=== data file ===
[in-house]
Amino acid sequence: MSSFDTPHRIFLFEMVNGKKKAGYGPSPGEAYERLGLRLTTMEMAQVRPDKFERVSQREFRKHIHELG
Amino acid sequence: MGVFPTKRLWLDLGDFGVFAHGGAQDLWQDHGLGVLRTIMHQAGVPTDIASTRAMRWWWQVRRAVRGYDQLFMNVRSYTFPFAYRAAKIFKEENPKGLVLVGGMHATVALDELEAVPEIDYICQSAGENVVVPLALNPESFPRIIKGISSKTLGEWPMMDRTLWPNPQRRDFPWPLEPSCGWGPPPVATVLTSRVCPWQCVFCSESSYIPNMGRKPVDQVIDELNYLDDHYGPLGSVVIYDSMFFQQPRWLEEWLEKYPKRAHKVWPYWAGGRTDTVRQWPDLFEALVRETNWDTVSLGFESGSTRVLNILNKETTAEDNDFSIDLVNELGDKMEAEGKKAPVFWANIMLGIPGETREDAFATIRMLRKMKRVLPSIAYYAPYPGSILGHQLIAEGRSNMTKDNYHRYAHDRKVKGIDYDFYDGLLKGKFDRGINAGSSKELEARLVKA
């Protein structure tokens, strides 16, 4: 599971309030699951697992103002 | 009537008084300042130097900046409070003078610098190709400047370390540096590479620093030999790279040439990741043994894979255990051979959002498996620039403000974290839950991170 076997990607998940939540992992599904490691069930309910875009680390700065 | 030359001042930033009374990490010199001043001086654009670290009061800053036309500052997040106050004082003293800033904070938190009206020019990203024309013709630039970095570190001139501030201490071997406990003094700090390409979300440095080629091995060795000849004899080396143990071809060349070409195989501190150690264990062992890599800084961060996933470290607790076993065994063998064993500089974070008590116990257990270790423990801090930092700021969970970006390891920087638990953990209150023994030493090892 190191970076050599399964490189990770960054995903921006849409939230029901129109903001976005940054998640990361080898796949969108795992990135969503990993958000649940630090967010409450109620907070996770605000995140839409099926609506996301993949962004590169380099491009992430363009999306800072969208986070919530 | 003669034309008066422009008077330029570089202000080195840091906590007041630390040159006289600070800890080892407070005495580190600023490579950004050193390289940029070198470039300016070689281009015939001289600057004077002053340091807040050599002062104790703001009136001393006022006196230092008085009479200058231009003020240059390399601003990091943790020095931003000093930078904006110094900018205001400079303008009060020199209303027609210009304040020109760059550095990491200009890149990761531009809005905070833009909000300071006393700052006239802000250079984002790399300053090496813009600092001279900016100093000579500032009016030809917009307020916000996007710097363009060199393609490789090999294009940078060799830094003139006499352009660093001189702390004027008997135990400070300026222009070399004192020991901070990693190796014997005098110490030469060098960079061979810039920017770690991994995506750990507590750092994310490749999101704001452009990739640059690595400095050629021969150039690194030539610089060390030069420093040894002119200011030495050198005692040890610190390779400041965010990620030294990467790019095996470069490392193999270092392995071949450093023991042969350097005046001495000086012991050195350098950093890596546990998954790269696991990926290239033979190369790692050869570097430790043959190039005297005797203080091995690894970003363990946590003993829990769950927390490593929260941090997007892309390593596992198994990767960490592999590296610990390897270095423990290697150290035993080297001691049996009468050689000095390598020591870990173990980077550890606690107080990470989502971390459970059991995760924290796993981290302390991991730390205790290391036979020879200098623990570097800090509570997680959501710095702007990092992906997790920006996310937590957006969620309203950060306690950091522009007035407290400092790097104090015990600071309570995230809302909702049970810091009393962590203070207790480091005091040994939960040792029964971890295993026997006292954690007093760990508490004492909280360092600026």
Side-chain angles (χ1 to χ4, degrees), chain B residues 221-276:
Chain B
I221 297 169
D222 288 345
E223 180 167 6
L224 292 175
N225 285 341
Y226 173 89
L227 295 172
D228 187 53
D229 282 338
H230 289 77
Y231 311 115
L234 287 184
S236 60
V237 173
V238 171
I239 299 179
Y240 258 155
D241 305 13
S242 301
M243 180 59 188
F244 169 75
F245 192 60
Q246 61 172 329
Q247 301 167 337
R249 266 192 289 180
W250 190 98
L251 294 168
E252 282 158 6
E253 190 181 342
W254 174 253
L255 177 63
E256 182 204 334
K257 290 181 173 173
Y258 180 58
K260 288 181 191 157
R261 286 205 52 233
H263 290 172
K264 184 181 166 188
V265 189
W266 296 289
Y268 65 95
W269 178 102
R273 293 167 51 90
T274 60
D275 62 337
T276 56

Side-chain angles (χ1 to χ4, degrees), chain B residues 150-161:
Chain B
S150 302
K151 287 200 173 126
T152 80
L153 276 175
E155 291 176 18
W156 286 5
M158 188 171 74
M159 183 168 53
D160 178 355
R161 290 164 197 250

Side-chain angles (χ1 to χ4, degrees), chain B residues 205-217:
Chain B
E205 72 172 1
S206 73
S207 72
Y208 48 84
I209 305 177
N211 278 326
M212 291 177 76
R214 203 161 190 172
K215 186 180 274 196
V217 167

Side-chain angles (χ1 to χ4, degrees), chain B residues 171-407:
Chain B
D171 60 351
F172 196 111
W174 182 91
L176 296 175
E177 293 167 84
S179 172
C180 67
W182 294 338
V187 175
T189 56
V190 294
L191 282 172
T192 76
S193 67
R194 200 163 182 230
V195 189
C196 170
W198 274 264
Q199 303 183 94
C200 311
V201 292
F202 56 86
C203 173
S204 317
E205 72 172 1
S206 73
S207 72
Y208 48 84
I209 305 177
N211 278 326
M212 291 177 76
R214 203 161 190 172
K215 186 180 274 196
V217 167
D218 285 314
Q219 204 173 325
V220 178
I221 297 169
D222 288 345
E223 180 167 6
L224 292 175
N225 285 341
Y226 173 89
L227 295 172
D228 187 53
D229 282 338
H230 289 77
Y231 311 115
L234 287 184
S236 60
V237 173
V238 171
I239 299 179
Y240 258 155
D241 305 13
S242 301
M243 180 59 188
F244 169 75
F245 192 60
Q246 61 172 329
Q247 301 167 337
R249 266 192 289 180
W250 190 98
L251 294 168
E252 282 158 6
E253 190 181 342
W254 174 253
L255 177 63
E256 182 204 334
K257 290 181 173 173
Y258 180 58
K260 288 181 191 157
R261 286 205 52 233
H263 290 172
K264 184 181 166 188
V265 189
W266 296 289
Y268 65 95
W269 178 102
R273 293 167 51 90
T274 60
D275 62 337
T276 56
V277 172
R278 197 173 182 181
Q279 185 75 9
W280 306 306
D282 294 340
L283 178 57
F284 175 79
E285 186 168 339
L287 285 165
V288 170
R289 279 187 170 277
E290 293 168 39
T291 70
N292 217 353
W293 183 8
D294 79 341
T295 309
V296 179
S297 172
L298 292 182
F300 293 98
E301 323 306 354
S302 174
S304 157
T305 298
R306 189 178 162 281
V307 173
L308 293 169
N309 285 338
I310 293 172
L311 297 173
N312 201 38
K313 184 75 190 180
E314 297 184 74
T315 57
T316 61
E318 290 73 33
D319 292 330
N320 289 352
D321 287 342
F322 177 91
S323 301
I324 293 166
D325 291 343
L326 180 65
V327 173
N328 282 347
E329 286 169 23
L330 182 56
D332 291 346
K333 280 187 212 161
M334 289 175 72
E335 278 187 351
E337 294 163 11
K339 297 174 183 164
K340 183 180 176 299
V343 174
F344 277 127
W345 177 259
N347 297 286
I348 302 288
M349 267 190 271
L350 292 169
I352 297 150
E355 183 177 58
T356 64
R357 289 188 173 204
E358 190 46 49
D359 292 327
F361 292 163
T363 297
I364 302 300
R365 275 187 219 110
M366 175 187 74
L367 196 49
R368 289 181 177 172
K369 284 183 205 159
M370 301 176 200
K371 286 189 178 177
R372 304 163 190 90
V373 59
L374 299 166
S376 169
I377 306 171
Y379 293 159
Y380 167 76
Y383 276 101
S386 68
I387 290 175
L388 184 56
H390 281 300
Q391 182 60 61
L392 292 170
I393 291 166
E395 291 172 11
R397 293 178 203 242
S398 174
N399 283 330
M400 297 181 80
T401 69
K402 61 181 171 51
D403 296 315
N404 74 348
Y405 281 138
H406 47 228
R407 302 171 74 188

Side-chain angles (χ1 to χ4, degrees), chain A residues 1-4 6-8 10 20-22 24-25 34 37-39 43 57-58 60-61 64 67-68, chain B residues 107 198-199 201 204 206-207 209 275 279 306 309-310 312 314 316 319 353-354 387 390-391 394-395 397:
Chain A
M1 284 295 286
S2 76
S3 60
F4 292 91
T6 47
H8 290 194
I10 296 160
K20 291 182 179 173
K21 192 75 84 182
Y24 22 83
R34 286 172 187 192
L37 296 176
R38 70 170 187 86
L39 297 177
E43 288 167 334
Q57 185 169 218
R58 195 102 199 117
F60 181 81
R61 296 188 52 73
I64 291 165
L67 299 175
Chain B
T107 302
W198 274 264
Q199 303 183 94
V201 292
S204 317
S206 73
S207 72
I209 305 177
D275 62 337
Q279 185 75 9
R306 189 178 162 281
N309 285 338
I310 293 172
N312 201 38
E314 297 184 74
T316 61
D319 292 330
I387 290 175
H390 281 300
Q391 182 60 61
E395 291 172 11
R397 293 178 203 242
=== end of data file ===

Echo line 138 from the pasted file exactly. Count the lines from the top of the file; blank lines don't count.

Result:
Q246 61 172 329